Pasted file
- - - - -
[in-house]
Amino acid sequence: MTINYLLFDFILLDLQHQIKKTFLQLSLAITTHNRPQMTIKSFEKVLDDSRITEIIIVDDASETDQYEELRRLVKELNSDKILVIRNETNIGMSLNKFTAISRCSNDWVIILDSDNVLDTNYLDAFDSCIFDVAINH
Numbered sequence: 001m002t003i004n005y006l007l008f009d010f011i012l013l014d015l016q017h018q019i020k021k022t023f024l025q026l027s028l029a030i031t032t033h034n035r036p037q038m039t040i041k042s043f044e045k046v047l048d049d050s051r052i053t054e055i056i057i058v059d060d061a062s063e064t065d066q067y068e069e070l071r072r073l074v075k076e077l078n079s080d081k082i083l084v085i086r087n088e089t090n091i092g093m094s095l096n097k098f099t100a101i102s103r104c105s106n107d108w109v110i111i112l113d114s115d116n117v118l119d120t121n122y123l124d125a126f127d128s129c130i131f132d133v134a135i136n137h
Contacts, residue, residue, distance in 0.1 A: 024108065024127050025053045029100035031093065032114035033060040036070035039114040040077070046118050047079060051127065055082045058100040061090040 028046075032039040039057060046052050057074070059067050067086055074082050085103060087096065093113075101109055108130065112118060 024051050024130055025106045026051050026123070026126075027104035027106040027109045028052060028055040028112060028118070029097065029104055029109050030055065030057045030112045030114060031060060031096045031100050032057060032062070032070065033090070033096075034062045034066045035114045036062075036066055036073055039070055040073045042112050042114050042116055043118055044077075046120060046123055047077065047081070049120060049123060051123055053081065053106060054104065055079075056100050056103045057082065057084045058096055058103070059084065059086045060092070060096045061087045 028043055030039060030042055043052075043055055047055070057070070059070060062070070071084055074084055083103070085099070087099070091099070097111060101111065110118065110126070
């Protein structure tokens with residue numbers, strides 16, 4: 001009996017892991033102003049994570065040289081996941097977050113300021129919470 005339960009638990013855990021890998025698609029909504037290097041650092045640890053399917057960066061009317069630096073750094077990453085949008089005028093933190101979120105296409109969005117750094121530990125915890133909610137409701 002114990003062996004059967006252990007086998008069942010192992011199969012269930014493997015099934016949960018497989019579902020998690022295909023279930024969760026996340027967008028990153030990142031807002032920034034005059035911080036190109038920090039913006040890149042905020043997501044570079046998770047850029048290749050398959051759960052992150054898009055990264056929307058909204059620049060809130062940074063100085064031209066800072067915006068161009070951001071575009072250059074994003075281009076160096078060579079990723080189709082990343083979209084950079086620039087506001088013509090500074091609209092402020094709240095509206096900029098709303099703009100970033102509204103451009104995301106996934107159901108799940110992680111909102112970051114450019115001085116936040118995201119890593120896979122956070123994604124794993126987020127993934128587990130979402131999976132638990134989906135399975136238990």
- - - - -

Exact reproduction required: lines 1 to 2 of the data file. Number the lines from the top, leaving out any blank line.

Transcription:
[in-house]
Amino acid sequence: MTINYLLFDFILLDLQHQIKKTFLQLSLAITTHNRPQMTIKSFEKVLDDSRITEIIIVDDASETDQYEELRRLVKELNSDKILVIRNETNIGMSLNKFTAISRCSNDWVIILDSDNVLDTNYLDAFDSCIFDVAINH